Berwick ambulance is saved

Ambulance cover in Berwick has been retained
Ambulance cover in Berwick has been retained

CONTROVERSIAL plans to scrap Berwick’s daytime ambulance have been dropped today after additional funding was agreed to retain the service. The U-Turn comes after a campaign led by the Berwick Advertiser exerted huge pressure on the North East Ambulance Service to reverse its proposal.

The North East Ambulance Service NHS Foundation Trust (NEAS) announced today that the service in Berwick will now remain untouched. The decision was made after NHS commissioners agreed additional funding to improve ambulance response times in Northumberland and County Durham.

In a campaign led by The Berwick Advertiser, more than 10,000 people had signed a petition opposing the proposal to cut the town’s daytime ambulance, leaving it with a single ambulance providing 24-hour cover.

Berwick MP Sir Alan Beith said: “I am delighted that ambulance chiefs have listened to the very strong views of people in and around Berwick upon Tweed – this is a victory for common sense and the safety of the public. I am very grateful to the thousands of people who have signed my petition, and to all those who supported the Save Berwick’s Emergency Ambulance campaign in so many ways. The Berwick Advertiser has played a very important part in this campaign and I would like to thank the paper for its support.”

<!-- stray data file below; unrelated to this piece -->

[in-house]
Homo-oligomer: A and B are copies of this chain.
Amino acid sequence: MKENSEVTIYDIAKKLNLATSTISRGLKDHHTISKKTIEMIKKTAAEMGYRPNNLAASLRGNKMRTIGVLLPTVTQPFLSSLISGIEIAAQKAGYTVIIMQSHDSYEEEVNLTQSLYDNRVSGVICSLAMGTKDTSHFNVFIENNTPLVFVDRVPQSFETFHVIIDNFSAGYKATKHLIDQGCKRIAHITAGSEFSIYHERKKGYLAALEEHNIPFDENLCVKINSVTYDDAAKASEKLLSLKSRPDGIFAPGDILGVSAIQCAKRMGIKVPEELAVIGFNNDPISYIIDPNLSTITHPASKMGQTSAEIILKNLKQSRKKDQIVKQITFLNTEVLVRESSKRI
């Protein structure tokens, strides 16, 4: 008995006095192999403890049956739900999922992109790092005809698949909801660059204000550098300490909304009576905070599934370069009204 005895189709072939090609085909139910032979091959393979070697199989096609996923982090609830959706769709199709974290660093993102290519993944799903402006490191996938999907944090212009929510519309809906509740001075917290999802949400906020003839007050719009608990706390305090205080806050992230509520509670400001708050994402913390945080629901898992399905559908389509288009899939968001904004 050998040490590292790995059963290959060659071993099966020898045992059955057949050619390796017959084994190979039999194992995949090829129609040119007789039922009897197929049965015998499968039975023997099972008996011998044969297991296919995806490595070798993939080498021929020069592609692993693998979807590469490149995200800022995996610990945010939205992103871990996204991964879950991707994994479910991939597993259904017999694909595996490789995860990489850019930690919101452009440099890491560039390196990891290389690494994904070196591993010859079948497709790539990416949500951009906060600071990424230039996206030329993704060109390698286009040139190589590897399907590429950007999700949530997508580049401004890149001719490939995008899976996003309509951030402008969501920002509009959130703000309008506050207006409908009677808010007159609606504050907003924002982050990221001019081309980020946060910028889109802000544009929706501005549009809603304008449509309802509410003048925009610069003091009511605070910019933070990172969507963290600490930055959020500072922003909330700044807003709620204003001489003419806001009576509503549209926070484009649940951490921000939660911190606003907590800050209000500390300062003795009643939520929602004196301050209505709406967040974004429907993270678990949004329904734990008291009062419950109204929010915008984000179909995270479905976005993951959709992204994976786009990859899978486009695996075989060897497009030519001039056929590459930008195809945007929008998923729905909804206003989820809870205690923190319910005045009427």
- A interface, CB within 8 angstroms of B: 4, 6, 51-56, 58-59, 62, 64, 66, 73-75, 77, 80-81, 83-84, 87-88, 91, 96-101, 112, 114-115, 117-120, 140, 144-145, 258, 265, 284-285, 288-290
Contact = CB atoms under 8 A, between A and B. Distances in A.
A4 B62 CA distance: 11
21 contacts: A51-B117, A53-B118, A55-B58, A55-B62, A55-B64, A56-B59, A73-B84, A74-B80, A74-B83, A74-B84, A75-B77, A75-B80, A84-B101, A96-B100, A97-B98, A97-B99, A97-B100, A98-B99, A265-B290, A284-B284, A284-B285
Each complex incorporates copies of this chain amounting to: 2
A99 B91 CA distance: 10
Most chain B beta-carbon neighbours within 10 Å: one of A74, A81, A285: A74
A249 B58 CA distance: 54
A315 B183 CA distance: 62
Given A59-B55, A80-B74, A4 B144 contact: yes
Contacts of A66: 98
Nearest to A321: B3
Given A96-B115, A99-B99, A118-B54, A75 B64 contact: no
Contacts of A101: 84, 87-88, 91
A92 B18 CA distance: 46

Simon Featherstone, NEAS chief executive, said: “This extra funding represents a significant investment in our emergency service to bring our rural areas up to the same level of performance as our urban regions. We also recognise how valuable this increased funding is at a time when there is so much pressure on the public purse. Both our NHS commissioners and us have listened to the views given in response to our current consultation on our A&E ambulance review and this has allowed us to maintain the existing services we have in Berwick, Alnwick and Haltwhistle while allowing us to invest in more resources in other parts of Northumberland and County Durham where 999 demand continues to increase.”